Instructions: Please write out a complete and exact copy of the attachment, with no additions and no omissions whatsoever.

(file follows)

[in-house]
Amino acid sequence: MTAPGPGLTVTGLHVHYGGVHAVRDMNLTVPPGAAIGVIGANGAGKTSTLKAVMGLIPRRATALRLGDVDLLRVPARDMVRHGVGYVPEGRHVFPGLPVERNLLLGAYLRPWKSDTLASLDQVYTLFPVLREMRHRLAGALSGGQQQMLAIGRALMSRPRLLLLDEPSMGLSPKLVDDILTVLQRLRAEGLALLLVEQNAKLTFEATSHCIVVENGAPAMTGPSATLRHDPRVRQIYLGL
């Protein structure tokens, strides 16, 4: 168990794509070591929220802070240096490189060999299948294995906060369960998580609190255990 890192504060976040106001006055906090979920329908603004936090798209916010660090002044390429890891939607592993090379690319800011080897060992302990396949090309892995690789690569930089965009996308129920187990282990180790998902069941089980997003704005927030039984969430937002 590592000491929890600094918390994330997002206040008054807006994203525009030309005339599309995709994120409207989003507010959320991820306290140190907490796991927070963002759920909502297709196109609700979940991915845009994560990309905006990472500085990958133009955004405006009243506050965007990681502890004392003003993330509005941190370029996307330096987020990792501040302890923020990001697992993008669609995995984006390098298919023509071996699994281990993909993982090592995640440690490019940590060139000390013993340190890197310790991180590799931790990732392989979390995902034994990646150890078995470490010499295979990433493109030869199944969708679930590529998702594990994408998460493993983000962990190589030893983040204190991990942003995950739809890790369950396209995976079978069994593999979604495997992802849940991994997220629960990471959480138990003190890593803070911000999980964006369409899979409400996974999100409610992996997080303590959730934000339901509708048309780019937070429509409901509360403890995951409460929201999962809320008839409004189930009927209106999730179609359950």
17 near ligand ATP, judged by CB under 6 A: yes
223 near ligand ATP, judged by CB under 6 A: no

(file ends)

[in-house]
Amino acid sequence: MTAPGPGLTVTGLHVHYGGVHAVRDMNLTVPPGAAIGVIGANGAGKTSTLKAVMGLIPRRATALRLGDVDLLRVPARDMVRHGVGYVPEGRHVFPGLPVERNLLLGAYLRPWKSDTLASLDQVYTLFPVLREMRHRLAGALSGGQQQMLAIGRALMSRPRLLLLDEPSMGLSPKLVDDILTVLQRLRAEGLALLLVEQNAKLTFEATSHCIVVENGAPAMTGPSATLRHDPRVRQIYLGL
């Protein structure tokens, strides 16, 4: 168990794509070591929220802070240096490189060999299948294995906060369960998580609190255990 890192504060976040106001006055906090979920329908603004936090798209916010660090002044390429890891939607592993090379690319800011080897060992302990396949090309892995690789690569930089965009996308129920187990282990180790998902069941089980997003704005927030039984969430937002 590592000491929890600094918390994330997002206040008054807006994203525009030309005339599309995709994120409207989003507010959320991820306290140190907490796991927070963002759920909502297709196109609700979940991915845009994560990309905006990472500085990958133009955004405006009243506050965007990681502890004392003003993330509005941190370029996307330096987020990792501040302890923020990001697992993008669609995995984006390098298919023509071996699994281990993909993982090592995640440690490019940590060139000390013993340190890197310790991180590799931790990732392989979390995902034994990646150890078995470490010499295979990433493109030869199944969708679930590529998702594990994408998460493993983000962990190589030893983040204190991990942003995950739809890790369950396209995976079978069994593999979604495997992802849940991994997220629960990471959480138990003190890593803070911000999980964006369409899979409400996974999100409610992996997080303590959730934000339901509708048309780019937070429509409901509360403890995951409460929201999962809320008839409004189930009927209106999730179609359950």
17 near ligand ATP, judged by CB under 6 A: yes
223 near ligand ATP, judged by CB under 6 A: no